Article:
Wednesday, February 22, 2012

Do we think in words?

... and if not, how exactly do our thoughts become words as we begin speaking?

This question has surfaced several times in recent conversations. So I decided to bring it up again while in the van to Pittsburgh the other weekend and just as before, no one could really give me a definitive answer.

I think asking these questions without knowing or having the answers in front of you is interesting in its own right. As one attempts to begin to think about thinking, it tends to not be such an easy thing to do.

Thinking about thinking, in this case, is not quite metacognition, which is our own thought processes we become aware of through our experiences. However, metacognition might be the first step in answering 'how our thoughts become words'. If we were to only think in words, we would first have a hard time learning words to begin with (without having any associations). Furthermore, humans speak many different languages and even as language differs across cultures, out thoughts parallel.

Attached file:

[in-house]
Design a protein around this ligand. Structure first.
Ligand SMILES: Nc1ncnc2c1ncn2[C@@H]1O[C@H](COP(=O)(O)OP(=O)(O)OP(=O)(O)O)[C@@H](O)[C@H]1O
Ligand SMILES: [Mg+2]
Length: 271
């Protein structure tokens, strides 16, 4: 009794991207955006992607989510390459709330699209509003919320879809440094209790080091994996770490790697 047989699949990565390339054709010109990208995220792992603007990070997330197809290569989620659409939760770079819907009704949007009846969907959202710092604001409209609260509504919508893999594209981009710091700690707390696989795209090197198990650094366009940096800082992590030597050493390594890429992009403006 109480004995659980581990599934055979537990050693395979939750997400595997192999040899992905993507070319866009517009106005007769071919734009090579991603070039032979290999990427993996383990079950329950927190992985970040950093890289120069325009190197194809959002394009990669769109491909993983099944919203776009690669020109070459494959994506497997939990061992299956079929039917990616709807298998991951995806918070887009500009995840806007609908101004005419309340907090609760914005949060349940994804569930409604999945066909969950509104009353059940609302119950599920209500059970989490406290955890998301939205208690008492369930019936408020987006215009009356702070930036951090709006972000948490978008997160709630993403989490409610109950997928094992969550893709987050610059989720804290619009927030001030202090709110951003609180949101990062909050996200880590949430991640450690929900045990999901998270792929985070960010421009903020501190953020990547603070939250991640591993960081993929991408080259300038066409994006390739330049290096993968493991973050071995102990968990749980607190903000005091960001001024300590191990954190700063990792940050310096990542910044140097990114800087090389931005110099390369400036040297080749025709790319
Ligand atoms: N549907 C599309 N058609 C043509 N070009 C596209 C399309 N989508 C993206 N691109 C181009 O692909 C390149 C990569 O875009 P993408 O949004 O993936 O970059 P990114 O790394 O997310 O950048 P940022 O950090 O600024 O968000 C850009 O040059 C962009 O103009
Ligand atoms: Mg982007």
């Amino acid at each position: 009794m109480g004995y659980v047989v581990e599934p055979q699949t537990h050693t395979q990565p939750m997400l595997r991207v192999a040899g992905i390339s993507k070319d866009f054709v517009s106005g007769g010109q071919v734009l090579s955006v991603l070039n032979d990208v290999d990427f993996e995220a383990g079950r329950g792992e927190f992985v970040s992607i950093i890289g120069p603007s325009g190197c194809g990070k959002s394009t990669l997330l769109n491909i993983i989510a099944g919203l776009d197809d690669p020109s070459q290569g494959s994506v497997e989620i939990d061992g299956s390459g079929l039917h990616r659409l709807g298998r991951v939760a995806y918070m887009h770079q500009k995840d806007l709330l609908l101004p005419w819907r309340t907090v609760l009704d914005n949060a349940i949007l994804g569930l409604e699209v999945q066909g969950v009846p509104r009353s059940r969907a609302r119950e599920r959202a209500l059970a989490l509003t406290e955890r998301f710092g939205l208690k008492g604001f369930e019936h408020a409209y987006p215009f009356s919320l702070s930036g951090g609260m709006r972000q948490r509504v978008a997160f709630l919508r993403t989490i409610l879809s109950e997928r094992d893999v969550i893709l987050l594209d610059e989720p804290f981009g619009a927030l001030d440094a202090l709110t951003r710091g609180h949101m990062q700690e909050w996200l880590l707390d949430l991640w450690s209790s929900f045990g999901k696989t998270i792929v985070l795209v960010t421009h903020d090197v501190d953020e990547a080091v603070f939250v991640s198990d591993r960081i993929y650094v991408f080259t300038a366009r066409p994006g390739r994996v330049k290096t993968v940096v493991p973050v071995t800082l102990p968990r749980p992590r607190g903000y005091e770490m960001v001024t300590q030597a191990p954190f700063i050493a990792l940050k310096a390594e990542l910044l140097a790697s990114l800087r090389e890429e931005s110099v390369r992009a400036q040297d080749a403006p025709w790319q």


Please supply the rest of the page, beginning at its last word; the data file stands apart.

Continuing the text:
We can debate whether we think visually or verbally but it all stems back to the fact that language is something we created, it was not given to us. ...or was it? As our societies develop, children are now born and almost immediately begin to learn how to communicate. Before too long they learn to speak a language. A language that you might say, was given to them.

so how do our thoughts become words?

http://www.iep.utm.edu/lot-hypo/#SH1a - check out this link if you would like to read more in depth.

Most of the time, it is auditory and verbal communication that we typically use when we critique and examine others artworks, as well as our own. It is language that we use to write, which becomes a necessity in many aspects. Yet, as artists, for the most part, we are attempting to speak visually.

I think it is important to understand where our thoughts originate, and how they are translated into language. It is also important to remember that we all share the need for language, whether it be verbal (or in words), tactile, algorithmic, or visual.


I also came across a brief article that lead me to notamachine.org - i thought the section 'I thought you'd never ask' was also interesting considering some of the things we have been discussing this semester.

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